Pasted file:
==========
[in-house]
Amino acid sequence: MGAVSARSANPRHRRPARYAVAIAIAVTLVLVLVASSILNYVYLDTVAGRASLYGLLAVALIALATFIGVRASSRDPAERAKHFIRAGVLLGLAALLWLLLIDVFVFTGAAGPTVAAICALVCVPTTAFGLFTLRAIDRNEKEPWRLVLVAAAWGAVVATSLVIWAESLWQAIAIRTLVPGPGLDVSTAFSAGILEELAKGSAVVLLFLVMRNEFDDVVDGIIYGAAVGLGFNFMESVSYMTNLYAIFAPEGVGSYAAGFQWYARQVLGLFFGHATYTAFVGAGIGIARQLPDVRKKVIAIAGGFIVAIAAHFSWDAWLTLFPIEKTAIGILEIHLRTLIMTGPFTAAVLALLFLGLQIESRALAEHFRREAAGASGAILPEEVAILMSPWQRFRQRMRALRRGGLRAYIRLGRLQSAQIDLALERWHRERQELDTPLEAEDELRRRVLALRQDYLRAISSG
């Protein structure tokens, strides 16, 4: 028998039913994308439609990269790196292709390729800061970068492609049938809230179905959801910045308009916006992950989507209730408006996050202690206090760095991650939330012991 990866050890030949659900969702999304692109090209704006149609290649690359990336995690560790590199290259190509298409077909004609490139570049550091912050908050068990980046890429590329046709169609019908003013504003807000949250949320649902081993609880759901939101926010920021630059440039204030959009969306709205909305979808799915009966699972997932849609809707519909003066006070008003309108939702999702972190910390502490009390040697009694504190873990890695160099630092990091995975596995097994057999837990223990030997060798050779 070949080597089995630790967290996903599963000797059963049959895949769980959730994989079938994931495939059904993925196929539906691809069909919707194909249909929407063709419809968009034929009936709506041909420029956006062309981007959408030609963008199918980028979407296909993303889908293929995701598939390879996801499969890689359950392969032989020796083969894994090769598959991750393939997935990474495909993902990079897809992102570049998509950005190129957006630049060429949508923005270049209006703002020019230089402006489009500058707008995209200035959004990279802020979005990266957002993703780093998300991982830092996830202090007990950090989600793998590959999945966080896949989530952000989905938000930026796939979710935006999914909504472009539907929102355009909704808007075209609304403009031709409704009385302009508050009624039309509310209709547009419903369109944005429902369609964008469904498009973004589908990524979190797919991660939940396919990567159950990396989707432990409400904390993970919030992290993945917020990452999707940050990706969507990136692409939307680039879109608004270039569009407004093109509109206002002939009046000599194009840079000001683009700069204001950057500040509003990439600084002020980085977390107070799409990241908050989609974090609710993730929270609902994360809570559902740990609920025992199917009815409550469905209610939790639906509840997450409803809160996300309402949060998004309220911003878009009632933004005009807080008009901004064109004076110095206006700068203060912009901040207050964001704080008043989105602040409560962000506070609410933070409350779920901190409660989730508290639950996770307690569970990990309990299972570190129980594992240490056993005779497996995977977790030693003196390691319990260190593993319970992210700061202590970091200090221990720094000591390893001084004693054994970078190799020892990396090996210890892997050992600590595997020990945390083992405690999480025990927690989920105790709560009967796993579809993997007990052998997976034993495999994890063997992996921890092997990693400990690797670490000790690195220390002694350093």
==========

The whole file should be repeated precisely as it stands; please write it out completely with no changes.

[in-house]
Amino acid sequence: MGAVSARSANPRHRRPARYAVAIAIAVTLVLVLVASSILNYVYLDTVAGRASLYGLLAVALIALATFIGVRASSRDPAERAKHFIRAGVLLGLAALLWLLLIDVFVFTGAAGPTVAAICALVCVPTTAFGLFTLRAIDRNEKEPWRLVLVAAAWGAVVATSLVIWAESLWQAIAIRTLVPGPGLDVSTAFSAGILEELAKGSAVVLLFLVMRNEFDDVVDGIIYGAAVGLGFNFMESVSYMTNLYAIFAPEGVGSYAAGFQWYARQVLGLFFGHATYTAFVGAGIGIARQLPDVRKKVIAIAGGFIVAIAAHFSWDAWLTLFPIEKTAIGILEIHLRTLIMTGPFTAAVLALLFLGLQIESRALAEHFRREAAGASGAILPEEVAILMSPWQRFRQRMRALRRGGLRAYIRLGRLQSAQIDLALERWHRERQELDTPLEAEDELRRRVLALRQDYLRAISSG
């Protein structure tokens, strides 16, 4: 028998039913994308439609990269790196292709390729800061970068492609049938809230179905959801910045308009916006992950989507209730408006996050202690206090760095991650939330012991 990866050890030949659900969702999304692109090209704006149609290649690359990336995690560790590199290259190509298409077909004609490139570049550091912050908050068990980046890429590329046709169609019908003013504003807000949250949320649902081993609880759901939101926010920021630059440039204030959009969306709205909305979808799915009966699972997932849609809707519909003066006070008003309108939702999702972190910390502490009390040697009694504190873990890695160099630092990091995975596995097994057999837990223990030997060798050779 070949080597089995630790967290996903599963000797059963049959895949769980959730994989079938994931495939059904993925196929539906691809069909919707194909249909929407063709419809968009034929009936709506041909420029956006062309981007959408030609963008199918980028979407296909993303889908293929995701598939390879996801499969890689359950392969032989020796083969894994090769598959991750393939997935990474495909993902990079897809992102570049998509950005190129957006630049060429949508923005270049209006703002020019230089402006489009500058707008995209200035959004990279802020979005990266957002993703780093998300991982830092996830202090007990950090989600793998590959999945966080896949989530952000989905938000930026796939979710935006999914909504472009539907929102355009909704808007075209609304403009031709409704009385302009508050009624039309509310209709547009419903369109944005429902369609964008469904498009973004589908990524979190797919991660939940396919990567159950990396989707432990409400904390993970919030992290993945917020990452999707940050990706969507990136692409939307680039879109608004270039569009407004093109509109206002002939009046000599194009840079000001683009700069204001950057500040509003990439600084002020980085977390107070799409990241908050989609974090609710993730929270609902994360809570559902740990609920025992199917009815409550469905209610939790639906509840997450409803809160996300309402949060998004309220911003878009009632933004005009807080008009901004064109004076110095206006700068203060912009901040207050964001704080008043989105602040409560962000506070609410933070409350779920901190409660989730508290639950996770307690569970990990309990299972570190129980594992240490056993005779497996995977977790030693003196390691319990260190593993319970992210700061202590970091200090221990720094000591390893001084004693054994970078190799020892990396090996210890892997050992600590595997020990945390083992405690999480025990927690989920105790709560009967796993579809993997007990052998997976034993495999994890063997992996921890092997990693400990690797670490000790690195220390002694350093």